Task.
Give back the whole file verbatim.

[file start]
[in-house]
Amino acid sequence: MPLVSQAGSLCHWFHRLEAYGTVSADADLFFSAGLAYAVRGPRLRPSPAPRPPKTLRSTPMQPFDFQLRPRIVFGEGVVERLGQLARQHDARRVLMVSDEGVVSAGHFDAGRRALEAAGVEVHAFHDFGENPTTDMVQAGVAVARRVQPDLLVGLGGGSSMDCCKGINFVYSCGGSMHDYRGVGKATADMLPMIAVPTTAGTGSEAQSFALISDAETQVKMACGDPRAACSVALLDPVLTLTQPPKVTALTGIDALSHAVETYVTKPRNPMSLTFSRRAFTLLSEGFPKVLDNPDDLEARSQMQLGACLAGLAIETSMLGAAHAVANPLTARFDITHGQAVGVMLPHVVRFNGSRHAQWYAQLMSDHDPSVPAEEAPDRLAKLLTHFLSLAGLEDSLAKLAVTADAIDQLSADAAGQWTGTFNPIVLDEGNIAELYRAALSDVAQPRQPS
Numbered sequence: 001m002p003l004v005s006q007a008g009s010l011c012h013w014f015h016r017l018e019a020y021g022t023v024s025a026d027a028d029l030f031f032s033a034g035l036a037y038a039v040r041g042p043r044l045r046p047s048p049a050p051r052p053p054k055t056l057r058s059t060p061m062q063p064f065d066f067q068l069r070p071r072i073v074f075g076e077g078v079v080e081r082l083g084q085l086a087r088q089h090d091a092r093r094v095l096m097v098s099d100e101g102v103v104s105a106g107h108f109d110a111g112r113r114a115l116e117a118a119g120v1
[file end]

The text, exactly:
[in-house]
Amino acid sequence: MPLVSQAGSLCHWFHRLEAYGTVSADADLFFSAGLAYAVRGPRLRPSPAPRPPKTLRSTPMQPFDFQLRPRIVFGEGVVERLGQLARQHDARRVLMVSDEGVVSAGHFDAGRRALEAAGVEVHAFHDFGENPTTDMVQAGVAVARRVQPDLLVGLGGGSSMDCCKGINFVYSCGGSMHDYRGVGKATADMLPMIAVPTTAGTGSEAQSFALISDAETQVKMACGDPRAACSVALLDPVLTLTQPPKVTALTGIDALSHAVETYVTKPRNPMSLTFSRRAFTLLSEGFPKVLDNPDDLEARSQMQLGACLAGLAIETSMLGAAHAVANPLTARFDITHGQAVGVMLPHVVRFNGSRHAQWYAQLMSDHDPSVPAEEAPDRLAKLLTHFLSLAGLEDSLAKLAVTADAIDQLSADAAGQWTGTFNPIVLDEGNIAELYRAALSDVAQPRQPS
Numbered sequence: 001m002p003l004v005s006q007a008g009s010l011c012h013w014f015h016r017l018e019a020y021g022t023v024s025a026d027a028d029l030f031f032s033a034g035l036a037y038a039v040r041g042p043r044l045r046p047s048p049a050p051r052p053p054k055t056l057r058s059t060p061m062q063p064f065d066f067q068l069r070p071r072i073v074f075g076e077g078v079v080e081r082l083g084q085l086a087r088q089h090d091a092r093r094v095l096m097v098s099d100e101g102v103v104s105a106g107h108f109d110a111g112r113r114a115l116e117a118a119g120v1